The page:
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Children who watch too much TV increase their risk of heart disease

by , 10 July 2013

While white potatoes often get a bad rap as a high-carb food that contributes to weight gain, there's one overlooked potatoes that's worse than them all: A couch potato. And now research has found kids who watch TV for longer periods are at an increased risk of heart disease. Here's why you should be worried of your child is a couch potato…

While no one doubts that watching too much TV is unhealthy at any age, a new study finds that little kids who watch TV for long periods already have the earliest signs of heart disease.

Here’s what it found

Limit the time your children watch TV to reduce their risk of early heart disease

Australian researchers who conducted the study randomly selected 1,492 6-year-olds from 34 schools in Sydney and asked the kid’s parents to fill out questionnaires on how much time each day the children spent watching TV, using a computer and playing outside.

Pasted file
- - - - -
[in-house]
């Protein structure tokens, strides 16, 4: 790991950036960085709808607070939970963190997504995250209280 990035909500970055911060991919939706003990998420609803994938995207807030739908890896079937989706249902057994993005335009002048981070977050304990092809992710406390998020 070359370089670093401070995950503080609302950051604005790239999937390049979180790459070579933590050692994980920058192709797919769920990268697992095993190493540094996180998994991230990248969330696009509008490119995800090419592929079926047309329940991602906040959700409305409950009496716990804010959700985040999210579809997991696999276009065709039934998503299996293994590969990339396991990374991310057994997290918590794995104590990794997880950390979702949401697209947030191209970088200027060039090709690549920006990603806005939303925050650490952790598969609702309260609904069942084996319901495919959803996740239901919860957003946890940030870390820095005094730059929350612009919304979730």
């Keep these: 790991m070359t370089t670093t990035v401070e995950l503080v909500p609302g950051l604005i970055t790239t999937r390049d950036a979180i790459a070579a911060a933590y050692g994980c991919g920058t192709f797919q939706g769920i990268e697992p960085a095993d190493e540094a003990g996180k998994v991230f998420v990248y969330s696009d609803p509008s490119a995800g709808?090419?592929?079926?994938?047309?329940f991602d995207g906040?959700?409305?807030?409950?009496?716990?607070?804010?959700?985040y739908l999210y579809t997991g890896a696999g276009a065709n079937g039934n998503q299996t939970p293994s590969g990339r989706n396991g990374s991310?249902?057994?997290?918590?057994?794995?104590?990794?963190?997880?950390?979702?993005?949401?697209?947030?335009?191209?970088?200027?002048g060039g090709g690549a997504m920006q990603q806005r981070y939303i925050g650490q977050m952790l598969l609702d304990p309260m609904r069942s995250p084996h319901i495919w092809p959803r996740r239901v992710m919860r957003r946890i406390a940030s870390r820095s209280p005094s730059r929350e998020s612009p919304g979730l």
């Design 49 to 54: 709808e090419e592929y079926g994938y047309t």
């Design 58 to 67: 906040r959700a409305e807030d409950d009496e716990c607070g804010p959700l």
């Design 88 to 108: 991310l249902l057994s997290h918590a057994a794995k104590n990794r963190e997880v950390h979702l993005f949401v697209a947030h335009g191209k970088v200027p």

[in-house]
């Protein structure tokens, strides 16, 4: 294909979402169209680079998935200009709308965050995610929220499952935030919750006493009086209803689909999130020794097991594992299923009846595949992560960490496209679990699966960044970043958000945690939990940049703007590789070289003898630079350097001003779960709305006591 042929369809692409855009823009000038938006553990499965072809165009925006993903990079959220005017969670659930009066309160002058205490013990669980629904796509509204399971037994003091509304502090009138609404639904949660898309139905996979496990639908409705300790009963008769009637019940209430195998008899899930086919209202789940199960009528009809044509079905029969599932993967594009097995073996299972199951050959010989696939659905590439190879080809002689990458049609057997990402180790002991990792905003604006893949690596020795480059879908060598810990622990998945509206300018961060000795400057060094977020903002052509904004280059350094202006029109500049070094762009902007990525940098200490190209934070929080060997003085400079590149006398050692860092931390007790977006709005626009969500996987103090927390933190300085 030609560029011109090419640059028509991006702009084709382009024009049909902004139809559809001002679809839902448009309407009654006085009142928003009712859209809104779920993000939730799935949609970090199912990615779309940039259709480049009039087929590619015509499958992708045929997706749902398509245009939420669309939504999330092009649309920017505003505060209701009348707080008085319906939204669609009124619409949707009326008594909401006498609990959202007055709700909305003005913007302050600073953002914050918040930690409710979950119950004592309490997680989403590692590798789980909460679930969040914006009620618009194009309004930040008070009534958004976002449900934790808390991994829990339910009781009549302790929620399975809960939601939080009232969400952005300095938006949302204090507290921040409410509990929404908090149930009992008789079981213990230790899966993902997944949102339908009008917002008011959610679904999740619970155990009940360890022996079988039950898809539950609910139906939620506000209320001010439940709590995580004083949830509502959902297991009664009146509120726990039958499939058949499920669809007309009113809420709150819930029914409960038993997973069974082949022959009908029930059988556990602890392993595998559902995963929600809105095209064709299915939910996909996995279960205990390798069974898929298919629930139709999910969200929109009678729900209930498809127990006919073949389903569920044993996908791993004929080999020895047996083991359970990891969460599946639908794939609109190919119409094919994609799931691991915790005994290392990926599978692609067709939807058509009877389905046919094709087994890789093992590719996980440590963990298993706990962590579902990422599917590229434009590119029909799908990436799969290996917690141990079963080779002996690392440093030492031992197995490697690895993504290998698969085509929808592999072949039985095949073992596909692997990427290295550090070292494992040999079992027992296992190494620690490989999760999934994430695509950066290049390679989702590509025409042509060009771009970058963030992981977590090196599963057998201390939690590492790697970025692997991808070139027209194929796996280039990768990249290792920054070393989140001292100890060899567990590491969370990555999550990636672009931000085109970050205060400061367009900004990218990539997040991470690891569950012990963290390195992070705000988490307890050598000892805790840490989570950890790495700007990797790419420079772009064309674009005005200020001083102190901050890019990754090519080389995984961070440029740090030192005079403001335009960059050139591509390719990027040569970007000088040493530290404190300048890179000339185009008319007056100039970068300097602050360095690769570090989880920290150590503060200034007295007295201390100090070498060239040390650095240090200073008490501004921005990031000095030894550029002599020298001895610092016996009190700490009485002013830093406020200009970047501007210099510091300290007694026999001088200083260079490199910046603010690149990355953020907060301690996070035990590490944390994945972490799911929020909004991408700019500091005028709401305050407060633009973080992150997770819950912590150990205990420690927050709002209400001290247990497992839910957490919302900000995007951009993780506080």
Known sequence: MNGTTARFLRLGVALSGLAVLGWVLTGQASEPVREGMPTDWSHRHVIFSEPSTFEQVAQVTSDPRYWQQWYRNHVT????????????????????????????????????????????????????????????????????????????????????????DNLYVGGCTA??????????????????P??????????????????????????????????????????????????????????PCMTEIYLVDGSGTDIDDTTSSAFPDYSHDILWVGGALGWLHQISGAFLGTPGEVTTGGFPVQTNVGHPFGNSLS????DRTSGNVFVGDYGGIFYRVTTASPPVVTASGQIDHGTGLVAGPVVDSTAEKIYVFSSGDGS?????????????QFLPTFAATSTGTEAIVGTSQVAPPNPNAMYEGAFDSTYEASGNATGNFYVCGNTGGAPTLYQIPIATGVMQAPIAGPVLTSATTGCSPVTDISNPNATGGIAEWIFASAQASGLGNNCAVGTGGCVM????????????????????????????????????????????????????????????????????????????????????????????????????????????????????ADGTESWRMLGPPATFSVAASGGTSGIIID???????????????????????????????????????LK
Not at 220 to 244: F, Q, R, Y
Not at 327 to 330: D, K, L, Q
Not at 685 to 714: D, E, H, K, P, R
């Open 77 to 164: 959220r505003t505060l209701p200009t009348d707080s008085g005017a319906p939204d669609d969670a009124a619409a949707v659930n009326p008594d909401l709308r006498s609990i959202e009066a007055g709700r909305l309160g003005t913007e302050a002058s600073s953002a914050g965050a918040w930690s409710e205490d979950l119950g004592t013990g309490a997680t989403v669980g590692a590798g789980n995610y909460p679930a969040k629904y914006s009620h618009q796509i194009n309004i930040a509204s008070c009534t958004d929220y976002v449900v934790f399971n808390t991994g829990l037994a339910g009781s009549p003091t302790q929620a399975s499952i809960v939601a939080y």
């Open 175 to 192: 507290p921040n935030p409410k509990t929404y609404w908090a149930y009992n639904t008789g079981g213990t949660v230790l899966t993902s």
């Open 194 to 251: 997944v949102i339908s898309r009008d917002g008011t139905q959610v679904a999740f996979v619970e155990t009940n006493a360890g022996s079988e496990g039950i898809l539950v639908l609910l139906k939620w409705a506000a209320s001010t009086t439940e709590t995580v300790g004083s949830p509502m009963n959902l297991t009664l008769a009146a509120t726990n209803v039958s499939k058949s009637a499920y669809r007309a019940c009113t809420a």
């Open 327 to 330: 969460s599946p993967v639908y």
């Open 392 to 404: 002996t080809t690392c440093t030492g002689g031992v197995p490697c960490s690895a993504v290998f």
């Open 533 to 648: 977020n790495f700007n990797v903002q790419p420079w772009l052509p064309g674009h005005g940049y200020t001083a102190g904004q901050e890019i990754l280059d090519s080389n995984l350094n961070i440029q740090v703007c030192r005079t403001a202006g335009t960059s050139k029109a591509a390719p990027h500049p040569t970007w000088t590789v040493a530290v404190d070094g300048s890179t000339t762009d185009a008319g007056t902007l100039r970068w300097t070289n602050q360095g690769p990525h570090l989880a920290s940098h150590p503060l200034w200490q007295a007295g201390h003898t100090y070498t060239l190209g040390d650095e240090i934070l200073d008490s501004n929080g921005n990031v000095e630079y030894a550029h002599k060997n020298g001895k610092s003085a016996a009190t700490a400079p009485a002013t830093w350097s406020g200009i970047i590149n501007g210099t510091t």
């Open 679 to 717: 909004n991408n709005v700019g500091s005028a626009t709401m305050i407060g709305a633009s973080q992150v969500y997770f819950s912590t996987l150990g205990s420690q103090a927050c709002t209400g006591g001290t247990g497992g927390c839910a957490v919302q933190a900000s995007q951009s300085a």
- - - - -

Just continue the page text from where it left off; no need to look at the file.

The results were alarming.

Researchers found that the average child spent just 36 minutes a day being physically active and nearly two hours a day parked in front of a screen.

In addition, researchers photographed the arteries in the backs of the children’s eyes and found that the couch potatoes had narrower blood vessels and that each hour of television watching lead to a narrowing of 1.53 microns.

“That’s a number so small it’s impossible to picture, but in real-world terms, it’s enough to raise systolic blood pressure readings by 10mmHg,” says Dr William Campbell Douglass of The Douglass Report.

Researchers concluded that they have no idea what this means for children and plan to follow these kids to see what happens as they age.

But “you need a study to know that narrow blood vessels lead to increased heart risk in adults. If that process is starting years earlier, in crèche, the long-term news can’t possibly be good,” warns Dr Douglass.

That’s not the only problem with TVs, computers and video games…

Other studies have linked glowing screens to sleep issues and developmental problems.

Is there a solution to decreasing the risk of heart disease for your kids?

The answer is yes. The best way to make sure your child is safe is to have a TV free home.

But if you can’t quite kick the TV to the curb, at least limit the number of hours your child spends watching it.

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